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Genealogy of Morals

Friedrich Nietzsche

Study Questions

Third Essay, Sections 23-28

Review Quiz

Explain two different understandings of "origin." Which does Nietzsche prefer, and why?

The two understandings of "origin" are neatly identified and contrasted by Foucault in his essay, "Nietzsche, Genealogy, History." The kind of "origin" that Nietzsche criticizes sees origins as moments of creation, when things spring into being. This is the kind of origin we get in the story of Adam and Eve, where humans are spontaneously created. Nietzsche prefers a genealogical kind of origin story, where things have a long and tangled history, slowly developing their present form and meaning. We see this in the evolutionary account of the origin of humans, where a slow chain of mutations leads to our present state. Nietzsche dislikes the former interpretation because it sees the "thing" as being absolute in some way. For instance, in the Adam and Eve myth, "humanity" is seen as a constant: we were created in precisely the shape we have now, and we have always had the same purposes, drives, and wills. Nietzsche argues that one thing can have countless different meanings, and be dominated by countless different drives and wills during its existence. These different meanings and wills promote a gradual genealogy rather than an instantaneous creation.

Why do you think Nietzsche would consider the priestly moral code more "interesting" than the knightly-aristocratic code?

The knightly-aristocratic code is that of Nietzsche's "blonde beasts" and barbarians. These are people still governed by their animal instincts, who can release their instincts for aggression and cruelty freely and without inhibition. The priestly moral code is developed by powerless people who are no longer able to give free rein to their animal instincts and aggression. Instead, they turn their instincts for aggression inward upon themselves, torturing and struggling against themselves. In so doing, they develop an inner life and a "soul." While there is something very sick about this self-torture, it is what makes humans "interesting" and what separates us from other animals.

Explain the concept of ressentiment. How does it differ from the contempt of master morality?

Ressentiment is the French word for "resentment." It is the dominant mode of slave morality. The slaves who do not have the power to avenge themselves directly upon the masters who hurt them, instead feel ressentiment toward them. This is the form their hatred for the masters takes. The hatred the masters feel for the slaves is more in the form of contempt. They look down upon the slaves as weak, unhealthy, and undesirable. Ressentiment and contempt differ in three significant ways. First, the ressentiment of the slaves is a powerful and dominant feeling that drives their morality, whereas the contempt of the masters is an afterthought that does not much interest them. Second, ressentiment is what Nietzsche calls a "reactive affect." That is, it is produced in reaction to the behavior of the masters. While the contempt of the masters springs from them spontaneously, the ressentiment of the slaves is in a way governed by the suffering imposed upon them by the masters. Third, ressentiment is used to denote the masters as "evil," whereas contempt is used to denote the slaves only as "bad."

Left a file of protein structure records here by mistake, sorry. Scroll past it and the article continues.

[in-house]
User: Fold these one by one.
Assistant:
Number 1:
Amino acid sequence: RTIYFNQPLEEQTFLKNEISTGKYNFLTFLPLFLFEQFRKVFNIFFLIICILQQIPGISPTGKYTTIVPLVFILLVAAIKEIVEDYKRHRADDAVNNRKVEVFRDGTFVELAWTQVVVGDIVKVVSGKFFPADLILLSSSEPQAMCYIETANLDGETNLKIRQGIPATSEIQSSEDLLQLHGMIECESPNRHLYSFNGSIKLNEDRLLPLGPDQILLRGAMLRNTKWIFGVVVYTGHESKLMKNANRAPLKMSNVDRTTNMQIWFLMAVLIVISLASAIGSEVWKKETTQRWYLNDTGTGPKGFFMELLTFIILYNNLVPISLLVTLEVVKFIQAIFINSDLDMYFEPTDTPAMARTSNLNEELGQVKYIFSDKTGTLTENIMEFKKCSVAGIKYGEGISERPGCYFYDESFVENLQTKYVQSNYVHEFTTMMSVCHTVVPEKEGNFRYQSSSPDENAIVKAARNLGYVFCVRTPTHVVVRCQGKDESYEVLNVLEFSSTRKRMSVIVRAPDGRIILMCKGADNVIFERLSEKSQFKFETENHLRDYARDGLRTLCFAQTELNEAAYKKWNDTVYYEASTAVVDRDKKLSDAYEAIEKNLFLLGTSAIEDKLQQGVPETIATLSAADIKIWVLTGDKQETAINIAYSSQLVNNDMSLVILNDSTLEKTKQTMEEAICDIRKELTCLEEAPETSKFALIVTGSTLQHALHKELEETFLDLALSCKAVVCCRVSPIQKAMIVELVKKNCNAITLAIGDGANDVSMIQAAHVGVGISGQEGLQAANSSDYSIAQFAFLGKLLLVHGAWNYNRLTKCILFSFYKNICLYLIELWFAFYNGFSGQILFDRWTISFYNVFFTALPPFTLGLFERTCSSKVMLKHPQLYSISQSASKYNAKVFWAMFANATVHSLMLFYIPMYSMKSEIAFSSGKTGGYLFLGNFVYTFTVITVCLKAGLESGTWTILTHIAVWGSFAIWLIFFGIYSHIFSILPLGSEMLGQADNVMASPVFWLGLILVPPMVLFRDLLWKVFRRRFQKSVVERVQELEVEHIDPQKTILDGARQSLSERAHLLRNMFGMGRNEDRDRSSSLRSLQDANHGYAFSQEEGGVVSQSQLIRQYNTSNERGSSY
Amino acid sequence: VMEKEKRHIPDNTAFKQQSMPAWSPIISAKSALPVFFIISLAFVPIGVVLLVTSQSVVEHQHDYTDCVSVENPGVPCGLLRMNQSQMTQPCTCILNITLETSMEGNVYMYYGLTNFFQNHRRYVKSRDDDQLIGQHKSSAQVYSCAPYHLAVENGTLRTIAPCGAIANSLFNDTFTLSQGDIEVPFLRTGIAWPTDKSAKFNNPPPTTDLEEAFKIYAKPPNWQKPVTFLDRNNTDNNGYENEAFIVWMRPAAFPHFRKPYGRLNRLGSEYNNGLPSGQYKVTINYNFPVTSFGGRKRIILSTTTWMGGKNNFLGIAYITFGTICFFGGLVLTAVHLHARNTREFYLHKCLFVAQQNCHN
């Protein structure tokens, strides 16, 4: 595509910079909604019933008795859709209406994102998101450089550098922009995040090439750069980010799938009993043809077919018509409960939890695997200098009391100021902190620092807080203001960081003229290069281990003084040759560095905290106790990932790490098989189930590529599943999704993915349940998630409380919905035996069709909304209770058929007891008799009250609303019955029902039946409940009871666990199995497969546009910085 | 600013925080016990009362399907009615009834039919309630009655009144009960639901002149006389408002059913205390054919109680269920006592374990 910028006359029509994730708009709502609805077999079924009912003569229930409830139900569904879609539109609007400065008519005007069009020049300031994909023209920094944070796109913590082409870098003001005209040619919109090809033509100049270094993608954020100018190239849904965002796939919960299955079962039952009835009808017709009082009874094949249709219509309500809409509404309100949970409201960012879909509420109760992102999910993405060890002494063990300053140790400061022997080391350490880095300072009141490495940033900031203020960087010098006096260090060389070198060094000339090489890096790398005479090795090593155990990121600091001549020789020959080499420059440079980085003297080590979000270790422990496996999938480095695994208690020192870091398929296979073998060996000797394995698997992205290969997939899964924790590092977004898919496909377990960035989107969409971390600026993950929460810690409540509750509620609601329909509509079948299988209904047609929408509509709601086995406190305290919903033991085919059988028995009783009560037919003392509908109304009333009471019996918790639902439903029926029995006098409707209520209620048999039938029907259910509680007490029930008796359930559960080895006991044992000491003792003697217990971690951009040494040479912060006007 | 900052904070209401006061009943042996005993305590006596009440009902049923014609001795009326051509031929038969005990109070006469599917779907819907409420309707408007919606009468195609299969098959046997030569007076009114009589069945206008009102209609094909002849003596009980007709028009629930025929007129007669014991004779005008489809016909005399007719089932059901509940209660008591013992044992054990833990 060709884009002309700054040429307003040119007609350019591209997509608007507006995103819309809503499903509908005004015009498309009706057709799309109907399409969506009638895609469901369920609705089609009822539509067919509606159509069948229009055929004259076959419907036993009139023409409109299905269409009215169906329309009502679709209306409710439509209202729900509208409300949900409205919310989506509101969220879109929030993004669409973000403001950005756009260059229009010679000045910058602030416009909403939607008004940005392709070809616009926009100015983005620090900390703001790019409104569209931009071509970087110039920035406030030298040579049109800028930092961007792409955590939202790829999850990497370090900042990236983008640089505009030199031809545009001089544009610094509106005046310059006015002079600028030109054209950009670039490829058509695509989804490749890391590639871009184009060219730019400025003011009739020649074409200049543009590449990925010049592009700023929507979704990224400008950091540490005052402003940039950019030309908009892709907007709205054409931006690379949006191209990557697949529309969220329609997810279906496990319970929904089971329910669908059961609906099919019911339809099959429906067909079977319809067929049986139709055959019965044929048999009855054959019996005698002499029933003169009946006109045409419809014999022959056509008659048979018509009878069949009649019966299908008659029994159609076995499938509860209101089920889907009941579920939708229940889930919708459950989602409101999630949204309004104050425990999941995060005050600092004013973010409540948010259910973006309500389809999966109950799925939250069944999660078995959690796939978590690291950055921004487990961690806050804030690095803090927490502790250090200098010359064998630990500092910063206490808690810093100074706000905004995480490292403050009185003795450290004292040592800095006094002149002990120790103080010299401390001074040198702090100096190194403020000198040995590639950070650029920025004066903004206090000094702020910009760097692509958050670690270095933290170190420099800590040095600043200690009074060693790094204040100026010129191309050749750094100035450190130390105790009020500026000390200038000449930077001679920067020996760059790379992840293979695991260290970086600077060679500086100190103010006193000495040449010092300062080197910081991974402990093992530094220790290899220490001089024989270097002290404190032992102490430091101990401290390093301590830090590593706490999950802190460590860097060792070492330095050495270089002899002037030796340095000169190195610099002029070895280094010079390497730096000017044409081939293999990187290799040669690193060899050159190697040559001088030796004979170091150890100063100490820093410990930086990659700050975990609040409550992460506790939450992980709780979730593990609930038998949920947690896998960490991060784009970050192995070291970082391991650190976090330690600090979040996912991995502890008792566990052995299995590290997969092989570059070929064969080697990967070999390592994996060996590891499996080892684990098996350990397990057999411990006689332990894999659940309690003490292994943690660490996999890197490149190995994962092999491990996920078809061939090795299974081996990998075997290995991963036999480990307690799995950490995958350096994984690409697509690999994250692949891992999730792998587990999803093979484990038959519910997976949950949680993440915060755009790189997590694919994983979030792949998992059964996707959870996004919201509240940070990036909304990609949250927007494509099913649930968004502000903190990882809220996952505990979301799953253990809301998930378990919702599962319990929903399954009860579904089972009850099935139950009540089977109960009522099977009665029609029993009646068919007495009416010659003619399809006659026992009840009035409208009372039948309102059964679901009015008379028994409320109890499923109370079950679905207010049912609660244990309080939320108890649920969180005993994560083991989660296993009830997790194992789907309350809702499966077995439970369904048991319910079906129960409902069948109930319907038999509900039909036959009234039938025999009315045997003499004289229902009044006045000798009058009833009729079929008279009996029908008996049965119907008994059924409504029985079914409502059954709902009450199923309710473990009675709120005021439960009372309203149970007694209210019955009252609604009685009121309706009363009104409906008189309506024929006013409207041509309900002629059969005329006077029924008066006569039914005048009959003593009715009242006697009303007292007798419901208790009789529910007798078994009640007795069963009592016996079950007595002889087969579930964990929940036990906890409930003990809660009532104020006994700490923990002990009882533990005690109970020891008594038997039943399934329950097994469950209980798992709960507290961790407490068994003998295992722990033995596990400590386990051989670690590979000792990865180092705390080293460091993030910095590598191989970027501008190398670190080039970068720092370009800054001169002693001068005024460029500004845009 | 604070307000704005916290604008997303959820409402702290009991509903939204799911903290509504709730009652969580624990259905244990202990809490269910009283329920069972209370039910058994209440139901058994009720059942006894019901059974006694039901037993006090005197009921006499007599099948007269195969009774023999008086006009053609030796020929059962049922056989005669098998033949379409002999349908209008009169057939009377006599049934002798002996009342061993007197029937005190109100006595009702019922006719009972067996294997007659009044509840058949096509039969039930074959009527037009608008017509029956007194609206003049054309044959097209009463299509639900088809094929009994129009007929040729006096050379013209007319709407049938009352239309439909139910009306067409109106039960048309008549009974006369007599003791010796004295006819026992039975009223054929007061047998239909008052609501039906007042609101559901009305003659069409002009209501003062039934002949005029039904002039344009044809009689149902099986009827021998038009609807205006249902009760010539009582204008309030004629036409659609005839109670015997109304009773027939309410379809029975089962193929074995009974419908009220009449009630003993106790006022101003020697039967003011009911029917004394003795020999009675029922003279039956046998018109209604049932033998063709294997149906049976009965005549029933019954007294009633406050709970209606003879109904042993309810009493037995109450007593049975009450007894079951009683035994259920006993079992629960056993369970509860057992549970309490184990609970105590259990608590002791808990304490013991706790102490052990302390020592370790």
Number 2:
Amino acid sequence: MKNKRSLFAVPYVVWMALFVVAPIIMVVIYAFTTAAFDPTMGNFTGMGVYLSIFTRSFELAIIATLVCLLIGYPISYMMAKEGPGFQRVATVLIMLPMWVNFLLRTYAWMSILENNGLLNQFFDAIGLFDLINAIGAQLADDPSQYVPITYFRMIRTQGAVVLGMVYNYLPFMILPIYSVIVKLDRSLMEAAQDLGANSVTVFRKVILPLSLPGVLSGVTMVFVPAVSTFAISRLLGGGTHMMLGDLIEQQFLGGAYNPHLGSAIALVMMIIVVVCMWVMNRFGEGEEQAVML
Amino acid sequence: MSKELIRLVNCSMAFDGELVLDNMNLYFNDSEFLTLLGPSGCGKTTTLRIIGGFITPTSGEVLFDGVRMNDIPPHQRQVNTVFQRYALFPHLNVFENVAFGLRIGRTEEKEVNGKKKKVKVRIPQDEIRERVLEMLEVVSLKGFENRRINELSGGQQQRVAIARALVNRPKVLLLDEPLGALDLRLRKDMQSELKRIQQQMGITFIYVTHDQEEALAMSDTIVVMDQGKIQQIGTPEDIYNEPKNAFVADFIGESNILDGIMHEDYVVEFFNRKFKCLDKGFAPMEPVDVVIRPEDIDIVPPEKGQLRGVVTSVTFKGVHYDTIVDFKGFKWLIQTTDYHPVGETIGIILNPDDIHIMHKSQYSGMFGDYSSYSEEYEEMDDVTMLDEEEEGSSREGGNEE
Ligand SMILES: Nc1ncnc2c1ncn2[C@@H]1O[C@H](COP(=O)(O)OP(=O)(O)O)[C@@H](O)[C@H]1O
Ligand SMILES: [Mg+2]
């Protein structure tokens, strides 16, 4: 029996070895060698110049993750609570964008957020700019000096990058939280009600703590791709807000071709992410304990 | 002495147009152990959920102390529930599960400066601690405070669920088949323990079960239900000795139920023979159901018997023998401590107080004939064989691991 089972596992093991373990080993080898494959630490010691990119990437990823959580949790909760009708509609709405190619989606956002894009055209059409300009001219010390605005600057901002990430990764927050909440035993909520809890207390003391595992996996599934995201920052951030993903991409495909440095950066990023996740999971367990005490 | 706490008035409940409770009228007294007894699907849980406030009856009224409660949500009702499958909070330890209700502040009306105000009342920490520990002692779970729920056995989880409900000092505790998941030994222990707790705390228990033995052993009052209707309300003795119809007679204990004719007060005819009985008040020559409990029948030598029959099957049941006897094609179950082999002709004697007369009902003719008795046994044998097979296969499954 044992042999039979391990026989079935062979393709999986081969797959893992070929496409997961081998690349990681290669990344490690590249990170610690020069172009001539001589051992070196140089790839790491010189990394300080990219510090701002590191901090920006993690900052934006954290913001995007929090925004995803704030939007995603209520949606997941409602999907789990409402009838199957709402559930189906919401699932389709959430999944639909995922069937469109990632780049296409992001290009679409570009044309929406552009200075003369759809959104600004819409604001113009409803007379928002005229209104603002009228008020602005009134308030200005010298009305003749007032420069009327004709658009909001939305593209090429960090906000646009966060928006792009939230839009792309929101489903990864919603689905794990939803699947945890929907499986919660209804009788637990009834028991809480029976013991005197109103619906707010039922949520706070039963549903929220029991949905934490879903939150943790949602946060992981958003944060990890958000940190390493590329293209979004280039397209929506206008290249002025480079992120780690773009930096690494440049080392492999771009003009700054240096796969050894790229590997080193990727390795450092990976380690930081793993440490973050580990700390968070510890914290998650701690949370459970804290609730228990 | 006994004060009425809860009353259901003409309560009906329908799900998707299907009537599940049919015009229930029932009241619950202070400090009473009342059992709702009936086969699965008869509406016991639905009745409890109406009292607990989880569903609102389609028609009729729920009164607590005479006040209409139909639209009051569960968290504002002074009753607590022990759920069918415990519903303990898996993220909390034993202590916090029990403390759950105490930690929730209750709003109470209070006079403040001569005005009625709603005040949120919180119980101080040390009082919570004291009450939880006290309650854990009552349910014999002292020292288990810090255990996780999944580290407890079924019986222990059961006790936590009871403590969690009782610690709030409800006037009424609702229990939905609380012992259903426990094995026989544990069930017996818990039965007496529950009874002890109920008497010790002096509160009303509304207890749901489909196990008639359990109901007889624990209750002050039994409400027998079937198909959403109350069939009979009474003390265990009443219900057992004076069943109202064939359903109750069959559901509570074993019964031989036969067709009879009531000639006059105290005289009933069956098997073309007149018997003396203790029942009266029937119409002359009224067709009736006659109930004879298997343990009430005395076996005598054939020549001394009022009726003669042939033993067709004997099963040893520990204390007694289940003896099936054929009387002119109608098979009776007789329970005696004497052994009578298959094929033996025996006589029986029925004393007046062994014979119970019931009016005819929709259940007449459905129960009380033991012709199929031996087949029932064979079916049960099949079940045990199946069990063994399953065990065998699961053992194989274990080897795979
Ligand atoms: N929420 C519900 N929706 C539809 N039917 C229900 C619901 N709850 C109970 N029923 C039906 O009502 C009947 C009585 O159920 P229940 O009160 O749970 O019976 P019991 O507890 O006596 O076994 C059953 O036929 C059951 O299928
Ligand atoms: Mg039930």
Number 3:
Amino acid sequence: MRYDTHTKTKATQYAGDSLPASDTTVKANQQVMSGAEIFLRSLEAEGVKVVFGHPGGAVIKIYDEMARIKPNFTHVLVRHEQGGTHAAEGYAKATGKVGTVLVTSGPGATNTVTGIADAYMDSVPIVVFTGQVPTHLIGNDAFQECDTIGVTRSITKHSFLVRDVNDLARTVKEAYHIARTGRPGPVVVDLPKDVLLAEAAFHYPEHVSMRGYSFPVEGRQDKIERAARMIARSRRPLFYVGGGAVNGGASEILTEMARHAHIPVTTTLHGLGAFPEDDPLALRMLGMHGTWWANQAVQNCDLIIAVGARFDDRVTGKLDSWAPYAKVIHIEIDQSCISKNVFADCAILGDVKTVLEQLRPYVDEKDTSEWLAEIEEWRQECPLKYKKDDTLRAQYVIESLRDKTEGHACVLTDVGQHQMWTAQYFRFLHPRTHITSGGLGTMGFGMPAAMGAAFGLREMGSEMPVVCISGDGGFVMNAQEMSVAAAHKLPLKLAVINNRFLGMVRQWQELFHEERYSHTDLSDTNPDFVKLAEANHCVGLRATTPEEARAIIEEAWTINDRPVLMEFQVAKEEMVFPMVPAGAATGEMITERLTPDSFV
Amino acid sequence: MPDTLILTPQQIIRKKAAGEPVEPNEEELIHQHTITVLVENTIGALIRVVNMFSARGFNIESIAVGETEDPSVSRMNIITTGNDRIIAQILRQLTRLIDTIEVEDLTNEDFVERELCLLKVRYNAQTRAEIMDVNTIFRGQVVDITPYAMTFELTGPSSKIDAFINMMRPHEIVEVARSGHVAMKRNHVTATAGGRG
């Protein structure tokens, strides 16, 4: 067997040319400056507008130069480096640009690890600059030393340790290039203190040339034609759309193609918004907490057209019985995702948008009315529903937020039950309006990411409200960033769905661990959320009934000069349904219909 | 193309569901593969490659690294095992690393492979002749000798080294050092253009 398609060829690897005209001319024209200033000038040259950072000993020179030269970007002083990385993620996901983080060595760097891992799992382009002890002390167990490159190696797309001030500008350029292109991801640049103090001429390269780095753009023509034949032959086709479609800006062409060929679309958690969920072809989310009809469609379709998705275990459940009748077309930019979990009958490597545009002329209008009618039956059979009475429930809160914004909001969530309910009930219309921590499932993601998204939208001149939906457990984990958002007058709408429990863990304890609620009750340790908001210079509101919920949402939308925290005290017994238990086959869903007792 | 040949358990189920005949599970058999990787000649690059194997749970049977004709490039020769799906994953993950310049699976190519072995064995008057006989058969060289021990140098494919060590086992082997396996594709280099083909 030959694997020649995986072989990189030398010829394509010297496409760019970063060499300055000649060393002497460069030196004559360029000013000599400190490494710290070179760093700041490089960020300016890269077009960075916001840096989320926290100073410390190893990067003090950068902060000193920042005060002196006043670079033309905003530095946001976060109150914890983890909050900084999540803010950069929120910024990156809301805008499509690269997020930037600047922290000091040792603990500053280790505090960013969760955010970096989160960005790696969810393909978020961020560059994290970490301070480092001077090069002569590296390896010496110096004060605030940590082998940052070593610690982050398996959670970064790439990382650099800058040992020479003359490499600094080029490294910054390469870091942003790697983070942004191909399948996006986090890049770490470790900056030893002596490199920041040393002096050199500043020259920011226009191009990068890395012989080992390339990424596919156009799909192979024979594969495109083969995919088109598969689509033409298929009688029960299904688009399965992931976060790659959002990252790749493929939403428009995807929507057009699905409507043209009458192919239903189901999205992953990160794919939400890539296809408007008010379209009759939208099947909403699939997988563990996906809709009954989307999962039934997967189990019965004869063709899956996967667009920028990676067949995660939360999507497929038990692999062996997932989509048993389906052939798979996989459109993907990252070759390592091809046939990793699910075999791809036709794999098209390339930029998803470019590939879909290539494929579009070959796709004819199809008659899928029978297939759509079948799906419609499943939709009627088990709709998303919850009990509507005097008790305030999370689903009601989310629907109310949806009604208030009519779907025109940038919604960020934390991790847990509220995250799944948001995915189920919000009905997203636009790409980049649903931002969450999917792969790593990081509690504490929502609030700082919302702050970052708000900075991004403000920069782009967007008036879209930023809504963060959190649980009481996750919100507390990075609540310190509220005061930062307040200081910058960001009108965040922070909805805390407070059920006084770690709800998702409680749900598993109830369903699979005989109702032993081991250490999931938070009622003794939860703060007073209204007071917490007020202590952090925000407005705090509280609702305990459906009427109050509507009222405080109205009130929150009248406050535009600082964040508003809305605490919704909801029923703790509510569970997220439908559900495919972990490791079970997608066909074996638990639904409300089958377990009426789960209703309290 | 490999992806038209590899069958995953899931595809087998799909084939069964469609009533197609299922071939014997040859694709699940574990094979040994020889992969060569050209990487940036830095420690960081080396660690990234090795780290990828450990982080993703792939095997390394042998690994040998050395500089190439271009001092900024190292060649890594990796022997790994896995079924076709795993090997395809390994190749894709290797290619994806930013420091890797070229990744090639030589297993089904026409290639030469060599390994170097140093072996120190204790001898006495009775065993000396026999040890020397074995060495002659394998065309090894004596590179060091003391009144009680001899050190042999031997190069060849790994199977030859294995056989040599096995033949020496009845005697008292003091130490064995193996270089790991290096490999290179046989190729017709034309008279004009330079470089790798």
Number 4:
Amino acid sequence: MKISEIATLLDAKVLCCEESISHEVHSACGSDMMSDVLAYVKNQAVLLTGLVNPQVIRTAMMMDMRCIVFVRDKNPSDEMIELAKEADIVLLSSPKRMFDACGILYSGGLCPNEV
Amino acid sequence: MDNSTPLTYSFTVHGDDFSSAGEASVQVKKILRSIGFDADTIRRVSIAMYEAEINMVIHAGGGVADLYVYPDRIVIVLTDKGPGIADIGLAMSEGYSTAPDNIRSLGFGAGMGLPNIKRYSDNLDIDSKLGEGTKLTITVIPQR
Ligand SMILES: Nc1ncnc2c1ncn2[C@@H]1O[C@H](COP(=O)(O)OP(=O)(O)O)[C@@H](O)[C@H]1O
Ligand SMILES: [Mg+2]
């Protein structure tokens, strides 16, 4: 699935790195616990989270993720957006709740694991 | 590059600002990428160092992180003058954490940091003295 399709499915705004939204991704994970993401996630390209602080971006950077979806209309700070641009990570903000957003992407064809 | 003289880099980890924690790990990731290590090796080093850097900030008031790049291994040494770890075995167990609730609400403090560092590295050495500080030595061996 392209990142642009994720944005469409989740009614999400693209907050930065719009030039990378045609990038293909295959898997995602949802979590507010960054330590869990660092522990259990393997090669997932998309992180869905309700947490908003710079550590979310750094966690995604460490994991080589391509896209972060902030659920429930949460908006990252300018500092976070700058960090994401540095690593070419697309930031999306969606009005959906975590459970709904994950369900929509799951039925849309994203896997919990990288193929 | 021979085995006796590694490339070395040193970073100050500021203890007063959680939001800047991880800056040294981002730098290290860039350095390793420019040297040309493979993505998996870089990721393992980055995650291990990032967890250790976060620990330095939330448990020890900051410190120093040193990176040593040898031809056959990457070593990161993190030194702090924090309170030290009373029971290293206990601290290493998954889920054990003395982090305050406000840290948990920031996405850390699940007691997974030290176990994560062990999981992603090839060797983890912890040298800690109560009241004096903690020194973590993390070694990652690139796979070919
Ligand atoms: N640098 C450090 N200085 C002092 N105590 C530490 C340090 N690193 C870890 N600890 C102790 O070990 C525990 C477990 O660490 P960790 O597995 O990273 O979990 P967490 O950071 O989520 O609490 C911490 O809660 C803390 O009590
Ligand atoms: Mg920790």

Explore the consequences for the philosophy of personal identity of Nietzsche's claim that there is no "doer" behind the "deed." What am I if not a subject? And how might I be said to be separate from other people if we are not subjects?

Explain the will to power. How does it operate in slave morality? In master morality?

What, according to Nietzsche, is the origin of bad conscience?

Explain perspectivism. How is it important to Nietzsche's philosophy?

Explain the relationship between the ascetic priest and the masses? In what was does the ascetic priest serve as a "doctor"?

What is the will that Nietzsche believes can oppose the ascetic ideal? How does he perceive the relationship between the two?

What does Nietzsche mean when he says "man would rather will nothingness than not will"?

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